“The law recognizes the situation of Aboriginal offenders not because of race, but because of colonialism, displacement, residential schools and other things suffered by those of Aboriginal descent.” Such things tend to reduce culpability, Gerein wrote.
Lawyer Eleanore Sunchild said “every Indigenous person who comes before the court has some kind of Gladue factor in their background, just being an Indigenous person in Canada creates that.”
Concern remains regarding the possibility of Aboriginal people getting lesser sentences, and what role race plays.
Professor John Borrows said in an online lecture he was “disturbed about making decisions on the basis on race.”
He said he understood the argument in relation to substantive equality, or “equality of outcome.”
“But if Aboriginal peoples who are in the system pick this up as … ‘I get this different treatment because of the race I’m a part of’ or if … [Crown or judges] look at them as this race has this special need that needs to be fixed, I’m all for getting rid of that kind of language as much as possible.”
Justifications for singling out Aboriginal people could take different forms, he said.
Reduced moral blameworthiness due to Gladue factors has emerged as a defence in courtrooms. Gerein wrote the argument isn’t being used too often and offenders “are entitled to raise the degree of culpability as an issue.”
Feist disagreed with Jeanette Gevikoglu’s characterization of reduced moral blameworthiness because of someone’s Indigenous identity.
“We look at moral blameworthiness all the time for a variety of different crimes,” Feist said. “It’s important to think about where people come from when they commit crimes.”
Sunchild and Feist criticized Saskatchewan courts’ handling of Gladue.
The court in Saskatchewan Sunchild said, hasn’t “always accepted submissions on Gladue in the full way that I think it should.”
“Many times I see people who come before the court with addictions issues, residential school issues” and other issues such as broken families, poverty and marginalization.
Feist said Gladue has been applied in a limited way in Saskatchewan, as opposed to in Toronto, which has Gladue courts and more dedicated Gladue report writers.
News stories often focus on the comparatively small amount of Gladue reports in Saskatchewan.
A Gladue report can detail an offender’s past and can depict how Gladue factors manifest in an offender’s life. They can contain information that mixes community information with individualized information.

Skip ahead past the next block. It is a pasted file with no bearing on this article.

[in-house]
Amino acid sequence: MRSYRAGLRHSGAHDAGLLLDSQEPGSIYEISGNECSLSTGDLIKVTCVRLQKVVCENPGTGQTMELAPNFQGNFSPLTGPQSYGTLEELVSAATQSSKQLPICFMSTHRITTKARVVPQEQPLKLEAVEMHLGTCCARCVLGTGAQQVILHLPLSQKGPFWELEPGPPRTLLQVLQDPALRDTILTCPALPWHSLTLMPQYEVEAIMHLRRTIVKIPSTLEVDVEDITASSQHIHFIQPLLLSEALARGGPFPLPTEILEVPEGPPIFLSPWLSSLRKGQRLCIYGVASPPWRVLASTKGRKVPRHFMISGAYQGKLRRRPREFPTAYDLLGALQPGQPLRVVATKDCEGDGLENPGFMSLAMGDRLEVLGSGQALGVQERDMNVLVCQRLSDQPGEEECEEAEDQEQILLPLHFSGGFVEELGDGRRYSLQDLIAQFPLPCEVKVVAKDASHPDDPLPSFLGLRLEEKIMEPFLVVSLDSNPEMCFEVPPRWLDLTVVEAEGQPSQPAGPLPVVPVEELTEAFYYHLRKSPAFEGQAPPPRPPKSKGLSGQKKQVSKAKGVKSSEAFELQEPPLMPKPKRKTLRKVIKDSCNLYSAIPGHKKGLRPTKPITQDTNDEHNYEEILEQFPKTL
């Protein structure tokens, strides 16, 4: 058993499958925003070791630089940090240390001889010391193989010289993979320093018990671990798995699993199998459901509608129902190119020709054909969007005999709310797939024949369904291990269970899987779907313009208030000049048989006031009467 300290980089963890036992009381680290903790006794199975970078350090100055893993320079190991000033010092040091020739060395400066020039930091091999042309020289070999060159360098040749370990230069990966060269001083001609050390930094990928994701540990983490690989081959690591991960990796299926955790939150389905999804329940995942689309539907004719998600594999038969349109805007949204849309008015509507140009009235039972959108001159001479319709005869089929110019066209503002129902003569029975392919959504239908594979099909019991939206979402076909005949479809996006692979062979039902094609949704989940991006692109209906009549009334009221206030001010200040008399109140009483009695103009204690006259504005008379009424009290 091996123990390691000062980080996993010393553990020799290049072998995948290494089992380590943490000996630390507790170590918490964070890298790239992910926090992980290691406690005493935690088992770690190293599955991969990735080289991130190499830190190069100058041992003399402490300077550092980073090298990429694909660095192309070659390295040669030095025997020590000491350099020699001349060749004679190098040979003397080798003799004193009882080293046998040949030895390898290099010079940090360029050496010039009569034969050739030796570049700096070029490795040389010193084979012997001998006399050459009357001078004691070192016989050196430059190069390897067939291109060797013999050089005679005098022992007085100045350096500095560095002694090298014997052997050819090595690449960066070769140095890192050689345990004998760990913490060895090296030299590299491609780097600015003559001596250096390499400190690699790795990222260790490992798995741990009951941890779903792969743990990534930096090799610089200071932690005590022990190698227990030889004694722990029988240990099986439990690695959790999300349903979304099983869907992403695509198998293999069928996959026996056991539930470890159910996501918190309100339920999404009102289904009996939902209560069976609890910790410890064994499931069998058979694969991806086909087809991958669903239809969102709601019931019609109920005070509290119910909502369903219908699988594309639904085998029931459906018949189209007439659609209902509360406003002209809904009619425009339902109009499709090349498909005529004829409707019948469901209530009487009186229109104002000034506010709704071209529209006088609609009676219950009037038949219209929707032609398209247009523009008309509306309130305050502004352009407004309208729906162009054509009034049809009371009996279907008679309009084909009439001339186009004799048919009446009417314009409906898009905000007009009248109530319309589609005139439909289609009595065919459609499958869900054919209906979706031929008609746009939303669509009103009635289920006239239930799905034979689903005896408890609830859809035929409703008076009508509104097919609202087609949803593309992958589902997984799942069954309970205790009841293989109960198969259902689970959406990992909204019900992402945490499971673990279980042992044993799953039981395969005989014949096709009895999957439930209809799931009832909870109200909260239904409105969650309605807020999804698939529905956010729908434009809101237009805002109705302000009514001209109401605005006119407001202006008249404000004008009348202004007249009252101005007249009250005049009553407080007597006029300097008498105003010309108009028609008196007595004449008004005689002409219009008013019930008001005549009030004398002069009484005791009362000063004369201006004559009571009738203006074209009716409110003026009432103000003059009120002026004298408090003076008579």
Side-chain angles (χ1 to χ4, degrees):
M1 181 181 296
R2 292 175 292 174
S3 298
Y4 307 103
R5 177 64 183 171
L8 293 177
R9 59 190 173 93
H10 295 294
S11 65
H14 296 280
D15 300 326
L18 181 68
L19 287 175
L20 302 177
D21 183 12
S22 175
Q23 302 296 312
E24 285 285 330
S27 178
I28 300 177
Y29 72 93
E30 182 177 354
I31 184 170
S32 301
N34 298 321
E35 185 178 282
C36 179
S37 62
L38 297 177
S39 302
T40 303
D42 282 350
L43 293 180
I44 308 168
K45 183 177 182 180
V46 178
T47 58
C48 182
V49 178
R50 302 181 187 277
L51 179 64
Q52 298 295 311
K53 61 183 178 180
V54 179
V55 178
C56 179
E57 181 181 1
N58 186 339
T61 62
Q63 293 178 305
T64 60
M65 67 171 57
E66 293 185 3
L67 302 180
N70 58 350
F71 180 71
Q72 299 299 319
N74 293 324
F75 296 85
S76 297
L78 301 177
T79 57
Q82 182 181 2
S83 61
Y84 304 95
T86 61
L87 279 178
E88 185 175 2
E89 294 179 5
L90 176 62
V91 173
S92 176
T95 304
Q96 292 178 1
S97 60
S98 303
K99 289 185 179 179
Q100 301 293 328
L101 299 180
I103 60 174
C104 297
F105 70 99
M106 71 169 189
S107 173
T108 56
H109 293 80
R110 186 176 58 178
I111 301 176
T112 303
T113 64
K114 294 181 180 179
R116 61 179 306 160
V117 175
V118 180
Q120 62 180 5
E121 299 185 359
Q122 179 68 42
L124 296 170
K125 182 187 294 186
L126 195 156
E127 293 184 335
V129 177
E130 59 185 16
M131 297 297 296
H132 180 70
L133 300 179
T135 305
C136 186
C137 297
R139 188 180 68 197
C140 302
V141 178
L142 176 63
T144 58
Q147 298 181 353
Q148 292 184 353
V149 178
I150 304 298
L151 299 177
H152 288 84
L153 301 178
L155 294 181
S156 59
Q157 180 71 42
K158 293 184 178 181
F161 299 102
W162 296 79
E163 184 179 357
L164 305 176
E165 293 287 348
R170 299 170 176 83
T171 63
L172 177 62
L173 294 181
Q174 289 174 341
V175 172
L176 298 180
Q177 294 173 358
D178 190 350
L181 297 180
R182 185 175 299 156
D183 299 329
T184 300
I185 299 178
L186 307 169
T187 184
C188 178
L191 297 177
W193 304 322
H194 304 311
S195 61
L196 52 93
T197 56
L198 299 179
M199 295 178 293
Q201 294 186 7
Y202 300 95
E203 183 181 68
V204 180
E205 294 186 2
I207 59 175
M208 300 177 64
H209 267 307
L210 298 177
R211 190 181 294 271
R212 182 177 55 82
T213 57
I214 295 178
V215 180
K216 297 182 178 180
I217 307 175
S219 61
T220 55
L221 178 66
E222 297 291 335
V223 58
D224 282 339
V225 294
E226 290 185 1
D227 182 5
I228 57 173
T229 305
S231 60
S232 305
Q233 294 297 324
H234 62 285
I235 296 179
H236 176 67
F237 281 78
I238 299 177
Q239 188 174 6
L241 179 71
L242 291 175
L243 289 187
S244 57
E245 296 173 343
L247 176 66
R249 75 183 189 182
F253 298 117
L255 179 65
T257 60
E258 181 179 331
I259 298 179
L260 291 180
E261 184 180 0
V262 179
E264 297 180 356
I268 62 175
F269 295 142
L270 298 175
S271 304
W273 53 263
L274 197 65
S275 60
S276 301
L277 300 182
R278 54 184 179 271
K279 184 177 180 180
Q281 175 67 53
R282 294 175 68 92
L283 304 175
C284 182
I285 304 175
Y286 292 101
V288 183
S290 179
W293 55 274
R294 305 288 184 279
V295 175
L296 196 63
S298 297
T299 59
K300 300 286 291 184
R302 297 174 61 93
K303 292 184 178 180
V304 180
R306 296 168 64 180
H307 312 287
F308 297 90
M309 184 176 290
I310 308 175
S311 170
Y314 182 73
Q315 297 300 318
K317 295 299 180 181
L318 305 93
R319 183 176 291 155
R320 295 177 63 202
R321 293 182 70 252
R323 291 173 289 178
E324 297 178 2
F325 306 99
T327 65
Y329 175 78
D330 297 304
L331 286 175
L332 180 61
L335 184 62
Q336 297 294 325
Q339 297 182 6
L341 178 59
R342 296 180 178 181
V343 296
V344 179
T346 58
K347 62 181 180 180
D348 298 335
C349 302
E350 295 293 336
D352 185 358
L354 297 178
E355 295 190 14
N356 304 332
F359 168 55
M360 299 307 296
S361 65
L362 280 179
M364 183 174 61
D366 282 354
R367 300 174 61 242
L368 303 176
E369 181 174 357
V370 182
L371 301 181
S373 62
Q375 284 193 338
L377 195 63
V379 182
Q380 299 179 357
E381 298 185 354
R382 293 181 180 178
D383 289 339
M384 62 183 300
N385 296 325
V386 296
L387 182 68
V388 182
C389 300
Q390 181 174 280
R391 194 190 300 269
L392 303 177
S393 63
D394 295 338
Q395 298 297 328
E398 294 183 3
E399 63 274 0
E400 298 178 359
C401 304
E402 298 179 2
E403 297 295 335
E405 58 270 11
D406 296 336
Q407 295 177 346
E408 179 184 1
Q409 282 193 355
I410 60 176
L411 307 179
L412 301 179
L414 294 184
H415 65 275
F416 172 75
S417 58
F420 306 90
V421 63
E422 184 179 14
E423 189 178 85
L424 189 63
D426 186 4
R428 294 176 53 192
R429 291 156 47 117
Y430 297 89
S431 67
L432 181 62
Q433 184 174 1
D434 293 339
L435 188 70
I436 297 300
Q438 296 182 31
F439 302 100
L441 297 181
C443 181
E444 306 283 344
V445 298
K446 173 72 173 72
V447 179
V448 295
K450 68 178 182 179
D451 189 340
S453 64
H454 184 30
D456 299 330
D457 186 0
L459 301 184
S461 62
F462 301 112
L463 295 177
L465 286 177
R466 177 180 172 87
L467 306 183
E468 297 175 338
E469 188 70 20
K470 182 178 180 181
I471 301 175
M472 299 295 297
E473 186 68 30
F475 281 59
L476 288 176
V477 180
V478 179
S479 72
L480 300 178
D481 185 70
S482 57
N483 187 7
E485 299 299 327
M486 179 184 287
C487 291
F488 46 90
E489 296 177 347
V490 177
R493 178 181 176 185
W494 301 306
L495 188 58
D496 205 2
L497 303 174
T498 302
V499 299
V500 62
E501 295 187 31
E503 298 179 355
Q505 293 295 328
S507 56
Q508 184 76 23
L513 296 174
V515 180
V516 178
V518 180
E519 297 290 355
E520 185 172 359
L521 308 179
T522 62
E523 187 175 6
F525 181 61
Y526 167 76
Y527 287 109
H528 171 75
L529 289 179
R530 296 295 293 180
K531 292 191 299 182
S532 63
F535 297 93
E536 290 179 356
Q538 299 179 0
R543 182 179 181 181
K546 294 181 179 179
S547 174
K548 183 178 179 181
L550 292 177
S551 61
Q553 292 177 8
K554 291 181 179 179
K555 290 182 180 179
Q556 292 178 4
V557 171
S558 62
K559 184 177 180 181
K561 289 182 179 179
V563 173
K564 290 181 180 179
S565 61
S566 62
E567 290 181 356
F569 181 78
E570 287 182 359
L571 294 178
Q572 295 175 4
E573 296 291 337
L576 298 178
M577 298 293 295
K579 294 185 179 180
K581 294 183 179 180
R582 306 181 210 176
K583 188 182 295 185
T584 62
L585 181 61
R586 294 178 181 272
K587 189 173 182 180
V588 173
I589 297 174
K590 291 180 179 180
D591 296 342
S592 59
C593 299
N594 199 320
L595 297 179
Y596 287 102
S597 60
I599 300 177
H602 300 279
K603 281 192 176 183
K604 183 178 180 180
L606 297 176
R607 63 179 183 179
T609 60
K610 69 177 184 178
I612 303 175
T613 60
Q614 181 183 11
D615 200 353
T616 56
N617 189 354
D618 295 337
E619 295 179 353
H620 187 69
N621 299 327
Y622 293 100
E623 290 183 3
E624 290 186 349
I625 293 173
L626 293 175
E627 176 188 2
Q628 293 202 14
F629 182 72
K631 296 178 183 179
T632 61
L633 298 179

Rudin, in a 2015 presentation to the University of Saskatchewan College of Law, said Gladue reports are meant to make people who are before the court whole and “more than a collection of tragedies.”
Sunchild commended the reports of Christine Goodwin, whose reports make a plan for an offender to heal, which can involve addictions counselling, support groups, and insight into the individuals’ situation. Sunchild said many offenders don’t know about the history of Aboriginal people in Canada.
“The law does not require that Gladue-related information must be provided in a stand-alone ‘Gladue Report,’” Gerein wrote. Saskatchewan courts have been satisfied with pre-sentence reports.
In Tyson Whitehead’s case, his pre-sentence report and Gladue report, according to the judge contained “largely the same evidence.”
Marion Buller told the News-Optimist pre-sentence reports look at “crimogenic factors” and risks to reoffend.
Upon reading someone’s pre-sentence report and their Gladue report, Buller said, “you’re left wondering at the end of reading both documents whether they’re talking about the same person.”
In the current sentencing scheme, judges understanding Aboriginal offenders and their communities to find "fit sentences" for them has been a problem.
Many legal professionals are white and lead much different lives than Aboriginal offenders. Life in a town or city or on the farm can be much different than life on reserves.
“We’ve often written reports and judges will say, ‘I’ve never heard a sadder story,’” Jonathan Rudin said in his 2015 presentation. “And I think, ‘Wow, I got a bunch more at the office that make this one look real easy.’”
“If you didn’t know people lived that life, how are you able to sentence this person?”
Sunchild recommended decision makers “have an Indigenous experience,” but added non-Indignenous people can only understand up to a point.
In a recent ruling, Justice Danyliuk wrote pre-sentence reports can provide sufficient Gladue information, but if they don’t, the court has a duty to obtain such information.
Timing and costs are issues with Gladue reports. Dustin Sand recently requested a Gladue report.
According to the R v Sand case, Rudin estimated the cost of such a report from Aboriginal Legal Services (of which he is program director) would cost $2,000.